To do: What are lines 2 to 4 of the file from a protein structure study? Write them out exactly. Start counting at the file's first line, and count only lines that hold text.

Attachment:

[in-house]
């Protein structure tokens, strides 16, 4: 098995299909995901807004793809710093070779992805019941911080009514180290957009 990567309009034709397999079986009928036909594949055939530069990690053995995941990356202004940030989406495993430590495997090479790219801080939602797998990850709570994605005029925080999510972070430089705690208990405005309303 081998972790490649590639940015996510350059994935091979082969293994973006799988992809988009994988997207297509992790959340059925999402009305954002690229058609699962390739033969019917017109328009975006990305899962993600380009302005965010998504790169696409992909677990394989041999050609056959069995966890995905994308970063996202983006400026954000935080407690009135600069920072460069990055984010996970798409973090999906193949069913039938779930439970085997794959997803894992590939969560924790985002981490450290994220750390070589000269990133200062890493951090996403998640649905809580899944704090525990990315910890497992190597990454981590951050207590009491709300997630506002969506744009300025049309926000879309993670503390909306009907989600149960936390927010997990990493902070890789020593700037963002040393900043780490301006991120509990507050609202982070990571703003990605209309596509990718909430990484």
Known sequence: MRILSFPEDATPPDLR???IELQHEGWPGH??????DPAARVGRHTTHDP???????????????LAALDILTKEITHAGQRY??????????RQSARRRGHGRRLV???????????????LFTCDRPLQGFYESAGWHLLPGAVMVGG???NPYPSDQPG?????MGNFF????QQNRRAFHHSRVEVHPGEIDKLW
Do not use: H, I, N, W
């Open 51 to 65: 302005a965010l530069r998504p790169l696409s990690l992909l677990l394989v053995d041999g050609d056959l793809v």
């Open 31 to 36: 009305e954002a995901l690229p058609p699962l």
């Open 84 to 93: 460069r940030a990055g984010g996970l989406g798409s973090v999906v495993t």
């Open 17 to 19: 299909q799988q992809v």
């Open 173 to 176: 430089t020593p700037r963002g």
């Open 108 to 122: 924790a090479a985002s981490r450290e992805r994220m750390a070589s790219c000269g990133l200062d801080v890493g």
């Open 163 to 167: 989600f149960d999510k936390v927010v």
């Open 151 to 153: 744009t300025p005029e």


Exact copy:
């Protein structure tokens, strides 16, 4: 098995299909995901807004793809710093070779992805019941911080009514180290957009 990567309009034709397999079986009928036909594949055939530069990690053995995941990356202004940030989406495993430590495997090479790219801080939602797998990850709570994605005029925080999510972070430089705690208990405005309303 081998972790490649590639940015996510350059994935091979082969293994973006799988992809988009994988997207297509992790959340059925999402009305954002690229058609699962390739033969019917017109328009975006990305899962993600380009302005965010998504790169696409992909677990394989041999050609056959069995966890995905994308970063996202983006400026954000935080407690009135600069920072460069990055984010996970798409973090999906193949069913039938779930439970085997794959997803894992590939969560924790985002981490450290994220750390070589000269990133200062890493951090996403998640649905809580899944704090525990990315910890497992190597990454981590951050207590009491709300997630506002969506744009300025049309926000879309993670503390909306009907989600149960936390927010997990990493902070890789020593700037963002040393900043780490301006991120509990507050609202982070990571703003990605209309596509990718909430990484």
Known sequence: MRILSFPEDATPPDLR???IELQHEGWPGH??????DPAARVGRHTTHDP???????????????LAALDILTKEITHAGQRY??????????RQSARRRGHGRRLV???????????????LFTCDRPLQGFYESAGWHLLPGAVMVGG???NPYPSDQPG?????MGNFF????QQNRRAFHHSRVEVHPGEIDKLW
Do not use: H, I, N, W